Jackson's federally appointed water manager may take over sewer system

A federal appointee managing Jackson, Mississippi's water system after it partially failed in August could take over the sewer system as well.

Jackson Mayor Chokwe Antar Lumumba.
Jackson Mayor Chokwe Antar Lumumba.
(AP Photo/Rogelio V. Solis)

A federal appointee is managing the water system in Mississippi’s capital city, and the same might soon be true for the city's sewer system.

U.S. District Court Judge Henry Wingate said at a Tuesday hearing that he plans on placing Jackson's sewer system under the authority of Ted Henifin, who was appointed in November to address the city's water troubles. The water system partially failed in August, and for days people had to wait in line for water to drink, bathe, cook and flush toilets.

The sewer system has also been beset by problems for years. The city agreed to enter a consent decree in 2012 with the U.S. Environmental Protection Agency to prevent the overflow of raw sewage and bring the city into compliance with the Clean Water Act. Reports required by the consent decree showed that 4.7 billion gallons of untreated or partially treated wastewater were dumped into the Pearl River between March 2020 and February 2022.

"Every day that goes by, we run the risk of escalating our problem," Wingate said at the Tuesday hearing.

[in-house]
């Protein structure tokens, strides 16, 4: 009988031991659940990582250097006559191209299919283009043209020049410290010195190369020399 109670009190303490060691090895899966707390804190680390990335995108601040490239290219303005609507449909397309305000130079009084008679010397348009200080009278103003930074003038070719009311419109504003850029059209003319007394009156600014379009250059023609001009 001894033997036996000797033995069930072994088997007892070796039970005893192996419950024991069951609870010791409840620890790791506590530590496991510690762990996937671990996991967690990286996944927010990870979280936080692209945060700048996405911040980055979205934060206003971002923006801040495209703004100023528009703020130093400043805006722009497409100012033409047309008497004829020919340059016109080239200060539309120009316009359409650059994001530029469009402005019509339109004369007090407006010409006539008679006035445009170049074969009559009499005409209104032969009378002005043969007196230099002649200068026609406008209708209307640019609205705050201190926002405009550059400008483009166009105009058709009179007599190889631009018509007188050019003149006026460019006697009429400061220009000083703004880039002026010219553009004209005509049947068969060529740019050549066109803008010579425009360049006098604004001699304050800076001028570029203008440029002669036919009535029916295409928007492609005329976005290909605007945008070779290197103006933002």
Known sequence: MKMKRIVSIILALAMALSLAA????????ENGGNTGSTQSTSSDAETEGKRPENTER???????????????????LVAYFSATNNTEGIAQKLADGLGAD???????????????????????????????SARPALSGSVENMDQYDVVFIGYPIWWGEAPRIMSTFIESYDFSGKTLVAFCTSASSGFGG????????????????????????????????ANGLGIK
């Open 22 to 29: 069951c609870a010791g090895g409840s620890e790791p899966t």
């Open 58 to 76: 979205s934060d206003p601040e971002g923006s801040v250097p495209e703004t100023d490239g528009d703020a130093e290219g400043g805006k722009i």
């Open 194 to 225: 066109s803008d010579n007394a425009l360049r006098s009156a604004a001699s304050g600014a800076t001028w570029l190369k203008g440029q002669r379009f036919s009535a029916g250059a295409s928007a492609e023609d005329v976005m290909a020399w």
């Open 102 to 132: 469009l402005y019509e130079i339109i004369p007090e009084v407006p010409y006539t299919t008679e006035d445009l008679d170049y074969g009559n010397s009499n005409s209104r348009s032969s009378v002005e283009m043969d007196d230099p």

The federal judge ordered attorneys to write an order that would combine the city’s sewer consent decree with its federal order that resulted in Henifin's appointment, WLBT-TV reported. Wingate requested that attorneys finish the draft in two weeks.

Henifin said if he were to manage the sewer system, he would contract out most of the repair work, just as he does with the water system.

"I don’t have time to train staff, buy equipment," Henifin said. "This is the best we can do to make this happen fast.”

Henifin has said he hopes to wrap up his work as interim water system manager in one year or less. The federal order under which he was appointed sets 12 months for Henifin to implement 13 projects for improving the system’s near-term stability.

City Attorney Catoria Martin told Wingate it would take one to three years to fix more than 250 sewer overflows.

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